Visual card helps Edmonton police and drivers communicate better
December 4, 2019 By Staff
“We understand that being stopped by police can be a stressful situation for a motorist, and even more so if there is a communication barrier between you and that officer,” says Const. Trevor Claydon, with EPS Traffic Services.
“Last year I had an interaction with a Deaf driver where communication was a concern. I wanted to do something more to help us understand each other better, break down the barriers, and reduce the stress during the traffic stop.”
Claydon discovered police agencies across North America had similar problems, and some had created information cards to aid with communication. This prompted the traffic constable to work with Edmonton’s Deaf and hard of hearing community to develop a similar tool to meet the needs of both officers and drivers.
The card’s design is simple and straightforward, with common visual symbols and text that can be pointed at by either party to facilitate conversation.
One side of the card informs the officer the driver has hearing loss, provides communication tips, as well as the best options to communicate with the particular driver. Side two includes the various reasons for the traffic stop, what documentation the officer may require from the driver, and symbols for the driver to request various forms of assistance.
Drivers are encouraged to keep the card in their vehicles where it is easily accessible, preferably on their sun visor or with their vehicle documents. EPS officers involved in vehicle stops will also carry the card in their police cruiser.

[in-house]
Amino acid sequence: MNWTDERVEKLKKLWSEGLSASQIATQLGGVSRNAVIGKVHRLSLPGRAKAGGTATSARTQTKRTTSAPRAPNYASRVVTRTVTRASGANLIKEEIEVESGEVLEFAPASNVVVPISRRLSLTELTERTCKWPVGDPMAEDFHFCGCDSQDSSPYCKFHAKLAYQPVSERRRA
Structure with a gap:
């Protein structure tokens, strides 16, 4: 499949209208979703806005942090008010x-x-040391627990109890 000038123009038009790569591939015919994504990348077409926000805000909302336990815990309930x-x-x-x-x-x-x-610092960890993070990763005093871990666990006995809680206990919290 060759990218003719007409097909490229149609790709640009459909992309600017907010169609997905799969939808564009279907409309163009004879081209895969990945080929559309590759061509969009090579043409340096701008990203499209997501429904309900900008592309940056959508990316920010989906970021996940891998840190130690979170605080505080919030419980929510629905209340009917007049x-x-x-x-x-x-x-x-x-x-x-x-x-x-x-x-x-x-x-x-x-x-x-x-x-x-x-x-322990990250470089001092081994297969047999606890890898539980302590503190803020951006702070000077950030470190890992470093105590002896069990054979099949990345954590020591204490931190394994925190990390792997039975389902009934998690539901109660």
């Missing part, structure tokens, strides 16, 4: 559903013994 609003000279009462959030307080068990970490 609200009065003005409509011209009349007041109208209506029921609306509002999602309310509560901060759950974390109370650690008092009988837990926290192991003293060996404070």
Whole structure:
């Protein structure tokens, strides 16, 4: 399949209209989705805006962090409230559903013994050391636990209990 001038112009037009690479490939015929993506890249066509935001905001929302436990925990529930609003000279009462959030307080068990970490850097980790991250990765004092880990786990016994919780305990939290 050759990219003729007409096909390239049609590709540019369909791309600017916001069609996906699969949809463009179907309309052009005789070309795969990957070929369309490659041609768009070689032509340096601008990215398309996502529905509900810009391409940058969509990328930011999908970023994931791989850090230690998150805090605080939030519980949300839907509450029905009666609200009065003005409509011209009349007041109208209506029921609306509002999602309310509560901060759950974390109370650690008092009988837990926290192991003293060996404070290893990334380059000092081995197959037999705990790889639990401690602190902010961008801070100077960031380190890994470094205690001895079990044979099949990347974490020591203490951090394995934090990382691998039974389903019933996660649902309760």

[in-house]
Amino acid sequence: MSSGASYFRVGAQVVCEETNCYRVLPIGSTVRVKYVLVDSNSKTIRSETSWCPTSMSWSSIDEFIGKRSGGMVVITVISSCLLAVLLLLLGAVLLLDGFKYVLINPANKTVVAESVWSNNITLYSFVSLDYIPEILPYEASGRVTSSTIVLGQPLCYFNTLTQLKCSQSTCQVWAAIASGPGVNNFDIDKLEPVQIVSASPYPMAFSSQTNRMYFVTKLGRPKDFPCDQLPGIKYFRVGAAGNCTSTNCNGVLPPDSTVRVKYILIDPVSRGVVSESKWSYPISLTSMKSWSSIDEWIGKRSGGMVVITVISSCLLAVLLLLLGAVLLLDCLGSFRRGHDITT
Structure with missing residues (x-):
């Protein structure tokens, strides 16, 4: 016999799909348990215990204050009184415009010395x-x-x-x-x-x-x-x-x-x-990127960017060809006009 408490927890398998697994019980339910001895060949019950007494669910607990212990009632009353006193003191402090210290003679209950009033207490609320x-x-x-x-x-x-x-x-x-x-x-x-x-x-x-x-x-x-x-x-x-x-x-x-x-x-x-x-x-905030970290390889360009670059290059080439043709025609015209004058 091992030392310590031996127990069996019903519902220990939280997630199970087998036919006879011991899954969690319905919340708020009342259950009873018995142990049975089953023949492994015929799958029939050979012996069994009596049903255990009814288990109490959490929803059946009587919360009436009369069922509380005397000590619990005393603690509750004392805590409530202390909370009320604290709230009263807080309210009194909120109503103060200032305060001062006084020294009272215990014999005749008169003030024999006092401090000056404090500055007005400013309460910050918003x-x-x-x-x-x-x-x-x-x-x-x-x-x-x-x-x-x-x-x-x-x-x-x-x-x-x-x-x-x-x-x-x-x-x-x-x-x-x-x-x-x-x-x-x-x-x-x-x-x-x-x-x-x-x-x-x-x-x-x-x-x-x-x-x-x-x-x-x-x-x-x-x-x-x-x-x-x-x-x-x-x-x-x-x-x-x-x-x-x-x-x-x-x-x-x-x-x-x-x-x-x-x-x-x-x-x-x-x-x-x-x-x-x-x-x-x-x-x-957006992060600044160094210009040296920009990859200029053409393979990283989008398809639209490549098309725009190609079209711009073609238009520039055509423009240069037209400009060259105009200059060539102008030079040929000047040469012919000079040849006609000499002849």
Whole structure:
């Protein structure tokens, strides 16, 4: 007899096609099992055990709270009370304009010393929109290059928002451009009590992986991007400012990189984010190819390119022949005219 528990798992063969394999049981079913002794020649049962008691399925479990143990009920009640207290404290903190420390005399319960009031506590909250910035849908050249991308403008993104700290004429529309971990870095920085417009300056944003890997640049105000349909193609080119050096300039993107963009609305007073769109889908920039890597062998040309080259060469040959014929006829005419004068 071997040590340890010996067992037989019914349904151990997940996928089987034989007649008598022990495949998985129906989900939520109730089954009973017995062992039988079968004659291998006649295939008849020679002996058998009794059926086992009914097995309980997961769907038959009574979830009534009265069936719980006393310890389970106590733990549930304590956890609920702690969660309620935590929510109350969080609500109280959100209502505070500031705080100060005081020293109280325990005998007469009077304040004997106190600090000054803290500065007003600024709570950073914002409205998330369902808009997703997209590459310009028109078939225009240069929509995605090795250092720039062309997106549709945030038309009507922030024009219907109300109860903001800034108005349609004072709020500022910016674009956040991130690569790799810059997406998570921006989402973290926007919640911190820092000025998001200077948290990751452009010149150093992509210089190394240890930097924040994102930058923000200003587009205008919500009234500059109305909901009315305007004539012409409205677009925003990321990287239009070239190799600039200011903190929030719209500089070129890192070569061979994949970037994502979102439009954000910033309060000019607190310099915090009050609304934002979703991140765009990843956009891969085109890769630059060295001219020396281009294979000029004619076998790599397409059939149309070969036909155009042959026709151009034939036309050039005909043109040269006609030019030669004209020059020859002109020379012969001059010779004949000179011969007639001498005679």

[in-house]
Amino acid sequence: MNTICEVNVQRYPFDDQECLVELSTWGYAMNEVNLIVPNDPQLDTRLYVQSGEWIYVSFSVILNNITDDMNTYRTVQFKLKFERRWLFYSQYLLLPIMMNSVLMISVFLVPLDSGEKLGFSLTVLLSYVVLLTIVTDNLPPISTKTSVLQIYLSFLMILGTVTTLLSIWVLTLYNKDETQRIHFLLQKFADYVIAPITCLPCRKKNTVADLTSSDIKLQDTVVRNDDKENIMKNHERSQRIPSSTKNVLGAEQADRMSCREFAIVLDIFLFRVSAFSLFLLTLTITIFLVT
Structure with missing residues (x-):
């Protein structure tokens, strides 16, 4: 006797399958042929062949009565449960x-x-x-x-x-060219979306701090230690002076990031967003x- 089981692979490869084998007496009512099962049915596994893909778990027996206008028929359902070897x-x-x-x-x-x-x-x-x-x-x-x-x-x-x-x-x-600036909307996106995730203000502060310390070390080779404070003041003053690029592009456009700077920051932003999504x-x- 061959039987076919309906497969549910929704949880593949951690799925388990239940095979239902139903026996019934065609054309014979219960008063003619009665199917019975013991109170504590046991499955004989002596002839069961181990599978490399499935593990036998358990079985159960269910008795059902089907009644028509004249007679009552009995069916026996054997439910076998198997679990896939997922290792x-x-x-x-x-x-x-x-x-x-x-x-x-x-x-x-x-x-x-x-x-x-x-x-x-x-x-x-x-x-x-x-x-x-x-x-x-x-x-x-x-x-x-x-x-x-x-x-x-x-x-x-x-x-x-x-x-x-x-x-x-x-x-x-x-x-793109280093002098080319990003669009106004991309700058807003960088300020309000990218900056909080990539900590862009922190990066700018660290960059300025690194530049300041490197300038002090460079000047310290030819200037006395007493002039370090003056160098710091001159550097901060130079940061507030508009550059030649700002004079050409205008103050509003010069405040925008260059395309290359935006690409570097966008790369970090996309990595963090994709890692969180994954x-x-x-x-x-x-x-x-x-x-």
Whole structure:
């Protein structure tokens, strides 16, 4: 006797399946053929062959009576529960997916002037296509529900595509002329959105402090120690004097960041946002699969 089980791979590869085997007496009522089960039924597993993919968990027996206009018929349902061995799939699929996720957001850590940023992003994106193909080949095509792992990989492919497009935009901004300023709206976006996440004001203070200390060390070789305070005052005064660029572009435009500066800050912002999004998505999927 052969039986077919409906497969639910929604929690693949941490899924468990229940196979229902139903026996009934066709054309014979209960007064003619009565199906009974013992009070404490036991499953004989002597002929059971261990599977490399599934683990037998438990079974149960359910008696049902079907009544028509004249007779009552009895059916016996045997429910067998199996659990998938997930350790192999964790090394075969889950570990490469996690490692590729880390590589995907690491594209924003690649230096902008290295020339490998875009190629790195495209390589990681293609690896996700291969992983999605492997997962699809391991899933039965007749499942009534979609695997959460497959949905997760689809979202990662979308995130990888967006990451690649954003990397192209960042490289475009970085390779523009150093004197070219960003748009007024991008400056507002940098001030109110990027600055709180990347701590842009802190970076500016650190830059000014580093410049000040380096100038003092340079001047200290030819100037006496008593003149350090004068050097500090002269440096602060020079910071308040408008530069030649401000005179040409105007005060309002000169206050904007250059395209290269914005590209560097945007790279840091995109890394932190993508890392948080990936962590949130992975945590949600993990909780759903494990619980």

Cards are available free of charge to the public at all EPS division stations, as well as at the Deaf and Hear Alberta office located in the Alberta School for the Deaf.
“EPS officers deal with members of the Deaf and hard of hearing community on a regular basis, and while we utilize Text with 911 and TTY technology for emergency and complaint calls, and offer training and interpreters when needed, we can still face challenges communicating one-on-one,” Deputy Chief Greg Preston says.
“The visual nature of the card will help us share information more effectively and bridge these communication gaps, so we can continue to provide the same level of service to all members of the community.”
In Canada, Deaf persons are entitled to equal treatment and access to services under the law. The Canadian Hearing Society reports that there are 3.15 million Canadians who are hard of hearing, and 340,000 who are Deaf.
It is a common misconception that Deaf people do not drive. Driving tests are the same for everyone, and hearing is not a factor for auto insurance. Numerous studies have recognized that individuals who are Deaf or hard of hearing are as safe as drivers who can hear.
“Whether you have a mild hearing loss or profound deafness, hearing less does not mean living less,” says Cindy Pilz, Deaf Services Manager with Deaf and Hear Alberta.
“Our vision is a world where the Deaf, hard of hearing, and those at risk of hearing loss, are recognized and respected so they can fully participate in society, and this placard aims to do just that. With the placard in place, I feel it will make a huge impact, and this initiative shows how much the Edmonton Police Service really cares about our community.”
Print this page